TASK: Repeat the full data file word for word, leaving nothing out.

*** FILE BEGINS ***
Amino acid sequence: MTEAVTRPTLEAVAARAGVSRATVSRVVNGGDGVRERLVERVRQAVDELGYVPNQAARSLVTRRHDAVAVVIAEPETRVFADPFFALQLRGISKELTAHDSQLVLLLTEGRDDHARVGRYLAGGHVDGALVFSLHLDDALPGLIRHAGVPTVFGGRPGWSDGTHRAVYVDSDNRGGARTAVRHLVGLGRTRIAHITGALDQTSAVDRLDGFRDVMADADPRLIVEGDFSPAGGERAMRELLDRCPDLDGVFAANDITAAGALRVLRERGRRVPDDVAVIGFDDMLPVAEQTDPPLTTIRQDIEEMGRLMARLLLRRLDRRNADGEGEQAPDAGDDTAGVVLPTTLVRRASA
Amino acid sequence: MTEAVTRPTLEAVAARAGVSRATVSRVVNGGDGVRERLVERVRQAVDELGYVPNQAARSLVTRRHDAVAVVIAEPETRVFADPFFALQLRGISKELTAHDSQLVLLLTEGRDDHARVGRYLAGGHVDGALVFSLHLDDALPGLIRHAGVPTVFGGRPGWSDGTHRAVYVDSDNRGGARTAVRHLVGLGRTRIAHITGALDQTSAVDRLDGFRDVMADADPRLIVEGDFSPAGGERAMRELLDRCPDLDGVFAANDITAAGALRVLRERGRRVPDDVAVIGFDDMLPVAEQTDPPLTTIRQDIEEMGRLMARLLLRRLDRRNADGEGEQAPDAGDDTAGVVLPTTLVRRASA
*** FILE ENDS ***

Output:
Amino acid sequence: MTEAVTRPTLEAVAARAGVSRATVSRVVNGGDGVRERLVERVRQAVDELGYVPNQAARSLVTRRHDAVAVVIAEPETRVFADPFFALQLRGISKELTAHDSQLVLLLTEGRDDHARVGRYLAGGHVDGALVFSLHLDDALPGLIRHAGVPTVFGGRPGWSDGTHRAVYVDSDNRGGARTAVRHLVGLGRTRIAHITGALDQTSAVDRLDGFRDVMADADPRLIVEGDFSPAGGERAMRELLDRCPDLDGVFAANDITAAGALRVLRERGRRVPDDVAVIGFDDMLPVAEQTDPPLTTIRQDIEEMGRLMARLLLRRLDRRNADGEGEQAPDAGDDTAGVVLPTTLVRRASA
Amino acid sequence: MTEAVTRPTLEAVAARAGVSRATVSRVVNGGDGVRERLVERVRQAVDELGYVPNQAARSLVTRRHDAVAVVIAEPETRVFADPFFALQLRGISKELTAHDSQLVLLLTEGRDDHARVGRYLAGGHVDGALVFSLHLDDALPGLIRHAGVPTVFGGRPGWSDGTHRAVYVDSDNRGGARTAVRHLVGLGRTRIAHITGALDQTSAVDRLDGFRDVMADADPRLIVEGDFSPAGGERAMRELLDRCPDLDGVFAANDITAAGALRVLRERGRRVPDDVAVIGFDDMLPVAEQTDPPLTTIRQDIEEMGRLMARLLLRRLDRRNADGEGEQAPDAGDDTAGVVLPTTLVRRASA